key point before the court that December 12 was not a compelling
legal deadline (he even endorsed the "safe harbor" deadline at one
point). The invention of this date as the final deadline was the
majority's worst mistake, and proved to be the ultimate undoing
of the Gore candidacy.
Chief Justice William Rehnquist's argument about "deadline" looked
more like a transcript of a call to a psychic hotline than statutory
construction: "Surely when the Florida Legislature empowered the
courts of the State to grant 'appropriate' relief, it must have
meant relief that would have become final by the cut-off date."
But Rehnquist did not explain how he intuited why the Florida Legislature
would demand to meet this deadline that is unmentioned in state
law, even when it would mean breaking the specific state laws requiring
a contest phase remedy.
Gore's final error was failing to fight this ruling. After all,
the majority noted that "a desire for speed is not a general excuse
for ignoring equal protection guarantees," and then falsely used
lack of time as the excuse to ignore these guarantees in Florida.
Instead of conceding, if Gore had convinced the Florida Supreme
Court to clarify that December 12 was not the deadline, then O'Connor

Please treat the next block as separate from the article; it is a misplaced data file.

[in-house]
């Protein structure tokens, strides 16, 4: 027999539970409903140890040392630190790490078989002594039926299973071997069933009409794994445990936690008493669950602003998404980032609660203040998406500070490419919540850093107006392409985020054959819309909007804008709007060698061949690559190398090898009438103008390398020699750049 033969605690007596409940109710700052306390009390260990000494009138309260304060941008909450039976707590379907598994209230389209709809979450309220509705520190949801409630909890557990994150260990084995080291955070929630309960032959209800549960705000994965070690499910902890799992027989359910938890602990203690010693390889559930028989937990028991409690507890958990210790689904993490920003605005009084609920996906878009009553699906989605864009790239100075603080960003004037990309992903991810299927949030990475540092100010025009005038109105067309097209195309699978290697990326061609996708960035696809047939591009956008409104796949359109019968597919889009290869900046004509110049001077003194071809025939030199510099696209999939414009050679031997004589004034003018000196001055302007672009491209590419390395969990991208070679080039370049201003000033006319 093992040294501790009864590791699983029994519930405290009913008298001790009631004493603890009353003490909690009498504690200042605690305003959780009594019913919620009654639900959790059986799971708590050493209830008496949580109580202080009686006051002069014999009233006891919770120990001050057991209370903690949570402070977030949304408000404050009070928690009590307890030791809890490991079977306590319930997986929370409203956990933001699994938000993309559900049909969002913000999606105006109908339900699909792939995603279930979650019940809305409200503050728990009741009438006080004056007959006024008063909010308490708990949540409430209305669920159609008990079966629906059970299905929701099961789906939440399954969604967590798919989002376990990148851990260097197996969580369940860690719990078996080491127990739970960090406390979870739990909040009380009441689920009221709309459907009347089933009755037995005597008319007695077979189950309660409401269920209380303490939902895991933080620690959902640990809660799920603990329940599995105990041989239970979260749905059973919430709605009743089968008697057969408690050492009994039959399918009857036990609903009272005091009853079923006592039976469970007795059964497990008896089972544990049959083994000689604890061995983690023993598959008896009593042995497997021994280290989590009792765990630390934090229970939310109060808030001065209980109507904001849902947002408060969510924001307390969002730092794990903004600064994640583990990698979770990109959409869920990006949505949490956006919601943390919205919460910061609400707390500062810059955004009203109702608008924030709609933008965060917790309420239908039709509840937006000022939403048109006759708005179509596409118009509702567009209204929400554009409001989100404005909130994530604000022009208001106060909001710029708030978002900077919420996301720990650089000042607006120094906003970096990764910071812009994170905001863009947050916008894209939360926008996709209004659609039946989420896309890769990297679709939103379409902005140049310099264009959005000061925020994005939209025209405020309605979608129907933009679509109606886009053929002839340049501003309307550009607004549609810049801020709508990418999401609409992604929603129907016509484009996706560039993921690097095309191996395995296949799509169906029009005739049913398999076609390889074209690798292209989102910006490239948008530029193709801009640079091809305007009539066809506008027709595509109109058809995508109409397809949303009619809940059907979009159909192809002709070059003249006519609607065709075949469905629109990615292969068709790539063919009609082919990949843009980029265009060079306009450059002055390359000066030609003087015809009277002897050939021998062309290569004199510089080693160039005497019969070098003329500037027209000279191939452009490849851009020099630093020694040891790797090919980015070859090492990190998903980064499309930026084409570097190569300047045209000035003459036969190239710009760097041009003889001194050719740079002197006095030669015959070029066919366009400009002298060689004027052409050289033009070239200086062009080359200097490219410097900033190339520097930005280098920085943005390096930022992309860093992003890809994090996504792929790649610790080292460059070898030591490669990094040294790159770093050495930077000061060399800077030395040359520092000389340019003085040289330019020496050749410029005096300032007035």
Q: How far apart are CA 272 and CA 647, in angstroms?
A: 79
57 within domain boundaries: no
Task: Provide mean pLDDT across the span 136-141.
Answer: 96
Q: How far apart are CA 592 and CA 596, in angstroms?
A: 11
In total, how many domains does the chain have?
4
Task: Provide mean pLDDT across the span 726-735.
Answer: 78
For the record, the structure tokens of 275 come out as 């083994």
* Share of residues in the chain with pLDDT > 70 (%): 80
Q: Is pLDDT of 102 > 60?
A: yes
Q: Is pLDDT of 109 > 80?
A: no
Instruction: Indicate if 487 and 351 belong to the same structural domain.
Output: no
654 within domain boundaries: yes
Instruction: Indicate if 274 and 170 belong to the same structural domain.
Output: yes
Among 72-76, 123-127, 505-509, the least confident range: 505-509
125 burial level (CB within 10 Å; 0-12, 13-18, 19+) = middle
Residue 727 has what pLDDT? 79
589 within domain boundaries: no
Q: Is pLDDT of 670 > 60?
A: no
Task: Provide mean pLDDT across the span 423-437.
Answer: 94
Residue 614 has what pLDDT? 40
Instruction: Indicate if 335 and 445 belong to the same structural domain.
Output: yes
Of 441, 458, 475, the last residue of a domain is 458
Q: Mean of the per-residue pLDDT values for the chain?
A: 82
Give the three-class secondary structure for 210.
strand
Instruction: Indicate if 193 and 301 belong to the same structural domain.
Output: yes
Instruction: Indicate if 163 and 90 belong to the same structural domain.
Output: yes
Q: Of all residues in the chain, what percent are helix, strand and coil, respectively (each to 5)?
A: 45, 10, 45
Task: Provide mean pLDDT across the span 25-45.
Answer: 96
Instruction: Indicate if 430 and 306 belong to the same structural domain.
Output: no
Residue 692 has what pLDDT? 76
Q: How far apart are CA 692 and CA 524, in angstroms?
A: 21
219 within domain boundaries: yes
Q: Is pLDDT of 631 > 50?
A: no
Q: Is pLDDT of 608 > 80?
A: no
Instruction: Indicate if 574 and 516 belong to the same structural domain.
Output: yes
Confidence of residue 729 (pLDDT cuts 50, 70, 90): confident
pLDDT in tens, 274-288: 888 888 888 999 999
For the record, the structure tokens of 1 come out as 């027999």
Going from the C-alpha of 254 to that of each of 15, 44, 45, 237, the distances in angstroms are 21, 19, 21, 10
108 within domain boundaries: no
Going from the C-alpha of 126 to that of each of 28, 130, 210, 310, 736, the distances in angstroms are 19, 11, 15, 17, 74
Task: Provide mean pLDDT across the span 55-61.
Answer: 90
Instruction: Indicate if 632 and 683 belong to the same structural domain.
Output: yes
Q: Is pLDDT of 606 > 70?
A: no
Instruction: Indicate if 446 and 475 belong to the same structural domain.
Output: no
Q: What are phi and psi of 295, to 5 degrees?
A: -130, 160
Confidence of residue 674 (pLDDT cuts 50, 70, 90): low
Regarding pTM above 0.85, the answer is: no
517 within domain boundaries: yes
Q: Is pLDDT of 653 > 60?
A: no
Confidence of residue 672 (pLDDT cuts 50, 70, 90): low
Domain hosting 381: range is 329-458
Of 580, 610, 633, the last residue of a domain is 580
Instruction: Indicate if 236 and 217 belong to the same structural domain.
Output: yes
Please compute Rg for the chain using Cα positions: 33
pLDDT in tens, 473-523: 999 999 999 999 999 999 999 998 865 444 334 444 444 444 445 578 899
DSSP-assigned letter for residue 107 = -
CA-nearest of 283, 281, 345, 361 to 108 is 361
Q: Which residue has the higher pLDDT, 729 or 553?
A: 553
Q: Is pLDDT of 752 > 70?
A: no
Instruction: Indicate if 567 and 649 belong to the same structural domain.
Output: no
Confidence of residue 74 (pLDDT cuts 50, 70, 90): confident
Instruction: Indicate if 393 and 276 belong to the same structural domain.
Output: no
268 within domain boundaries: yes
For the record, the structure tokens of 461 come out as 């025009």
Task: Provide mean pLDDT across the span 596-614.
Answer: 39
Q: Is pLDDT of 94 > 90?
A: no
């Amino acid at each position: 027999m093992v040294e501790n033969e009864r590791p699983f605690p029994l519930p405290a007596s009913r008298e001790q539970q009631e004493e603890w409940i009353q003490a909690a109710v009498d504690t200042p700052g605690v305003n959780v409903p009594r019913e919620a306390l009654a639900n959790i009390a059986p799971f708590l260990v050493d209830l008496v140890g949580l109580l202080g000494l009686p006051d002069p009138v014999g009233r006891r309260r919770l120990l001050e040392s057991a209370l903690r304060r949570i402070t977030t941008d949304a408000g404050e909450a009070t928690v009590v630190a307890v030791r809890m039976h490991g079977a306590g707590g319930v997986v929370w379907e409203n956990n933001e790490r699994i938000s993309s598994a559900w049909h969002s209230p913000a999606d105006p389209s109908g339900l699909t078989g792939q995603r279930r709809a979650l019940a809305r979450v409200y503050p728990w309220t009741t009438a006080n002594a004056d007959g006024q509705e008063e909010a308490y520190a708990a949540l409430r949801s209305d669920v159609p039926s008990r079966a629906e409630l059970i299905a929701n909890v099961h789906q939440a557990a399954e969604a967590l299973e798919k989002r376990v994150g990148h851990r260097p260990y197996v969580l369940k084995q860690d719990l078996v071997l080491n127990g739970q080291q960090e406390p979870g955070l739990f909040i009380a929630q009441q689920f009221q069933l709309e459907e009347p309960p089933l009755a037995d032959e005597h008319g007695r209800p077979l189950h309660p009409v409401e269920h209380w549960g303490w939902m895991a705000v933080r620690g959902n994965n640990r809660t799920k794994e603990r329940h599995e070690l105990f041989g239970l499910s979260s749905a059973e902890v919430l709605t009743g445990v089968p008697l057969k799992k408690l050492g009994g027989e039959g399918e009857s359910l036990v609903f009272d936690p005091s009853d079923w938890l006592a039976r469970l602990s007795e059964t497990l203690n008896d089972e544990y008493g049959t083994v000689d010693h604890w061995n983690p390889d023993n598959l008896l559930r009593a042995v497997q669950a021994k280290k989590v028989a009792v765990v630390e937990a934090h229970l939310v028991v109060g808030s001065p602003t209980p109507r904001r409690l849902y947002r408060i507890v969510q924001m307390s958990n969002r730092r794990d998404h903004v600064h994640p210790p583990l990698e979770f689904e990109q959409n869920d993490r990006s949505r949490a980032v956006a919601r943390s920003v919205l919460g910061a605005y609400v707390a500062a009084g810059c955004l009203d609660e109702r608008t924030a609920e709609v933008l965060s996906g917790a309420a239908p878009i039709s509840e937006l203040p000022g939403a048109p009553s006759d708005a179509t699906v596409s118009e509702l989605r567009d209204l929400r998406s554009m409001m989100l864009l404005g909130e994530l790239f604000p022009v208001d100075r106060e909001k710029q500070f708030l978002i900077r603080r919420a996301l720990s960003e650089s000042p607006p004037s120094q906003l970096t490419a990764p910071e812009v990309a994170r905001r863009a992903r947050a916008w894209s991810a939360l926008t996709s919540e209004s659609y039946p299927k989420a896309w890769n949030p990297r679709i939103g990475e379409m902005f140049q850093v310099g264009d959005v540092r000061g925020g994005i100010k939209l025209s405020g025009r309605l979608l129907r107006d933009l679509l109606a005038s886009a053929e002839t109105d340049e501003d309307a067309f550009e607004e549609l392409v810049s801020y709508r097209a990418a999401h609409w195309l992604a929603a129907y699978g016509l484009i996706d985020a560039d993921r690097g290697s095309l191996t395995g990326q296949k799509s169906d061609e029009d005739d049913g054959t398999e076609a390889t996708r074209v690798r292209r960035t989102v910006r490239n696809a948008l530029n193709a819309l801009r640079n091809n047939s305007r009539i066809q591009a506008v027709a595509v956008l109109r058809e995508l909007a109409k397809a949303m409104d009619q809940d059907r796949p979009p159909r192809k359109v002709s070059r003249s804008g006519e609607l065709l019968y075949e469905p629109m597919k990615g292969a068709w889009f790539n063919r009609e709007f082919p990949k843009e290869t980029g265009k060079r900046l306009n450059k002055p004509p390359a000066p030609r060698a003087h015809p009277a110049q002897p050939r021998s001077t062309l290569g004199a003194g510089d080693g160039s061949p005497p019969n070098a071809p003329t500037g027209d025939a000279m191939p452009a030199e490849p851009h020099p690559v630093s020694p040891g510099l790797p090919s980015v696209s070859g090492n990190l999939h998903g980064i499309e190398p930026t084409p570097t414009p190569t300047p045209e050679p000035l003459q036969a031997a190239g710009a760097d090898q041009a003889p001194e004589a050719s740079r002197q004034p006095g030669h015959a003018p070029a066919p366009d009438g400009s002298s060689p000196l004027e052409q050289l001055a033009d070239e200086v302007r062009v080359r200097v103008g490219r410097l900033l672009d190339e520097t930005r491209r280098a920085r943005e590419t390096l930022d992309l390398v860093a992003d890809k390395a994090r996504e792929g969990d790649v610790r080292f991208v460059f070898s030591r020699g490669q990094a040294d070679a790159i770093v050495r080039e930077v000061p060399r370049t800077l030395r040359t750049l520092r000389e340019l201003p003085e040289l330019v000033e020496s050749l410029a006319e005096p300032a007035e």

and Kennedy--who claimed to rely upon the Florida ruling--would
have been forced to allow the counting.
Boies' incompetence doesn't excuse the willingness of the Supreme
Court to ignore the law and precedent in its pursuit of a political
victory. And the justices desired a Bush victory so deeply that
almost anything Boies said wouldn't have mattered in the end.
The Supreme Court waded into the Florida swamp and created a constitutional
crisis, when the truth instead might have been discovered, and the
law upheld. In a cruel irony, the conservative justices who have
been indifferent to the cause of equality actually had the gall
to cite cases where the court overturned racist rulings of state
courts as a reason not to count these Florida undervotes, which
were disproportionately cast by minorities and the poor due to outmoded
punchcard voting machines that had an error rate five times that
of optical scan machines.
Why did these five Republican-appointed justices work so hard to
ignore the law and ensure that Bush would become president? It's
impossible to ignore the partisan and ideological biases involved.
While the Florida Supreme Court would not be affected by the election
outcome, the U.S. Supreme Court justices certainly will be. Scalia
is hoping to replace Rehnquist as chief justice. The conservatives
on the court want Bush appointees who will give them a working majority.
Justice John Paul Stevens became unusually personal in his dissent
when he seemed to hint at the court's bias: "Although we may never
know with complete certainty the identity of the winner of this
year's presidential election, the identity of the loser is perfectly
clear. It is the nation's confidence in the judge as an impartial
guardian of the rule of law." Unfortunately when the guardians in
the Supreme Court choose not to obey the rule of law, there is no
one to guard them.
John K. Wilson (email@example.com)
is the author of How the Left Can Win Arguments and Influence
People: A Tactical Manual for Pragmatic Progressives (NYU Press).